Landlords are responsible for the electrical safety of any property you let from the start of the tenancy. As an online estate agent we often receive questions from our landlords on how to maintain electrical safety, we suggest completing visual hazard checks to ensure all appliances are non hazardous. Burn marks around sockets and plugs, sparks emitting from appliances and exposed wires are examples that you must look out for when carrying out a visual hazard check, anything noted should be dealt with by a qualified professional.
If the property you are letting is a HMO (House of Multiple Occupation) you must have a periodic inspection carried out by a qualified electrician once every 5 years. If you are letting a property that is not a HMO you are under no legal requirement to have an inspection carried out on your property although it is highly recommended. If you do have a periodic inspection on your property you will receive an Electrical Installation Condition Report, a copy of this should be given to your tenants.
Since 2008 all UK homes must be RCD protected, an RCD is a residual current device which helps protects against dangerous electrical shocks and reduces the risk of electrical fires. Landlords must take reasonable steps to ensure the safety of their tenants; portable appliance testing is one of the best ways of doing this. Portable appliance testing must be done each time you have new tenants in your property. In the UK 30 deaths and 4000 accidents a year are recorded due to faulty home electrics and unsafe electrical appliances.
To ensure tenants are familiar with the appliances in a property the landlord or managing agent should provide copies of all instruction manuals and safety booklets supplied with electrical appliances, this simple step helps minimise the chance of injury due to lack of knowledge.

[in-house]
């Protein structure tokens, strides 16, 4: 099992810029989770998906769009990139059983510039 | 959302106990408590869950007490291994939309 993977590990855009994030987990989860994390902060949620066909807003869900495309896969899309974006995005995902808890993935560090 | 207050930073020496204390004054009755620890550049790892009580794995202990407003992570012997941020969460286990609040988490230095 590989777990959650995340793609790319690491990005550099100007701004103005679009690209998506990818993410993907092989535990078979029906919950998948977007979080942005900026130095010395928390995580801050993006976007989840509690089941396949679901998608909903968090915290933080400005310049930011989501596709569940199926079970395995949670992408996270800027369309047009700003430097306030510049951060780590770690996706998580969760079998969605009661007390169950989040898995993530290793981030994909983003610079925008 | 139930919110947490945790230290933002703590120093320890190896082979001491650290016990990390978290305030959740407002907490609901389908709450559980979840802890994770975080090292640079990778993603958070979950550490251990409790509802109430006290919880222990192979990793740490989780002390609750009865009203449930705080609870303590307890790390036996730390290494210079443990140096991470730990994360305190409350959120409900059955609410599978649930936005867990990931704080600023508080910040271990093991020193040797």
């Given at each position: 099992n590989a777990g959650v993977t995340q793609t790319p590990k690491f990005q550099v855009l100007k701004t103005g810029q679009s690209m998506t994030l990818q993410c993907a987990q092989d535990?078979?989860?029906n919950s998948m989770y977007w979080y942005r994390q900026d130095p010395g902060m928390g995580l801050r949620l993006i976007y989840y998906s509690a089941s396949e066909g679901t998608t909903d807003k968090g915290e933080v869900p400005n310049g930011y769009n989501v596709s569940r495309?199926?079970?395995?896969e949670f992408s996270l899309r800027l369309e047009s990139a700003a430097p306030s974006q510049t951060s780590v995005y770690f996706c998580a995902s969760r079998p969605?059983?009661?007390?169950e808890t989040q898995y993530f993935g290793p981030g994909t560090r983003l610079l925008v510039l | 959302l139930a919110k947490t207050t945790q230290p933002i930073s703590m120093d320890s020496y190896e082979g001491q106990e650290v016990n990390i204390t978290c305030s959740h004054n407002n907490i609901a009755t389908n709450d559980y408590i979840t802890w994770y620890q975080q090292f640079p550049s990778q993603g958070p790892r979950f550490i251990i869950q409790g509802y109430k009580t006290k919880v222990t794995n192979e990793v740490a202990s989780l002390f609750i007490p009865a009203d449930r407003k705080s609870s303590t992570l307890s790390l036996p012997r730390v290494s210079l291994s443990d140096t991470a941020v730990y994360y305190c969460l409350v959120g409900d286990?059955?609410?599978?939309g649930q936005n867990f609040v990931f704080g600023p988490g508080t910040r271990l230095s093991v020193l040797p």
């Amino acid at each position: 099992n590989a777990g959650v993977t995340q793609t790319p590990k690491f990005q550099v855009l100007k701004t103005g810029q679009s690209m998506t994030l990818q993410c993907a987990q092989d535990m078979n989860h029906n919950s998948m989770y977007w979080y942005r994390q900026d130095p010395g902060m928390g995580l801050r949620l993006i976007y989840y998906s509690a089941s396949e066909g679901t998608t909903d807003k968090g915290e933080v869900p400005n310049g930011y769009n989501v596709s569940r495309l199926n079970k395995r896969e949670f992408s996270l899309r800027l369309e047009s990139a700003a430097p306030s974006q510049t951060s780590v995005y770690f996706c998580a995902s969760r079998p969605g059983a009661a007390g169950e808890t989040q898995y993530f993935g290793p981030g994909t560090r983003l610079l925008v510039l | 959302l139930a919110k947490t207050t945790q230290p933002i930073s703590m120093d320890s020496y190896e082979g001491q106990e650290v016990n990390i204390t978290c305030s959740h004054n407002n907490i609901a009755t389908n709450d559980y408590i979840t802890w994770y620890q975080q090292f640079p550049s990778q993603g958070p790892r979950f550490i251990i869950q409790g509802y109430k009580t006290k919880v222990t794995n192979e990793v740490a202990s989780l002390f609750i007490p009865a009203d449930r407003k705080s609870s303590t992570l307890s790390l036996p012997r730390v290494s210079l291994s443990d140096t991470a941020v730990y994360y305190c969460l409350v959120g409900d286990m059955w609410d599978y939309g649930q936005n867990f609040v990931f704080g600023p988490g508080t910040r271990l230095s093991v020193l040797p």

Failure of landlords to comply with the Electrical Equipment (safety) Regulations 1994 is a criminal offence and can result in:
- A £5000 fine
- Up to 6 months imprisonment
- Possible manslaughter charges in the event of a tenants death
It is recommended that landlords keep a written record of all electrical appliances in their property, noting condition and the fuses fitted inside the appliances. This information will be very relevant should a tenant ever injure themselves through an electrical appliance in your property.
The owner of a rental property in Lincolnshire has been fined after failing to repair the electrics in his property which were deemed to be dangerous. Mr, Nelson received formal requests to make improvements to his property following an investigation by the local Council. Nelson failed to make improvements to dangerous electrics which were exposed. Due to the risk caused by the dangerous conditions and the failure to comply with the improvement notice, the council carried out emergency action to make the electrics safe. The cost of the work, which was carried out by a council contractor was charged back to the owner. Nelson was found guilty of the offence at Skegness Magistrates Court and was fined £600, plus ordered to pay £1,000 costs.
Councillor William Gray commented:
"It is totally unacceptable for landlords to disregard the safety of their tenants in such a way. While most landlords do maintain their properties to a good standard, we will continue to pursue those who don't."
With this case in mind all landlords should consider the electrical safety of their property portfolio and ensure the appropriate checks are made and any issues dealt with promptly by a qualified professional.
Written by Sarah Male, Urban Sales and Lettings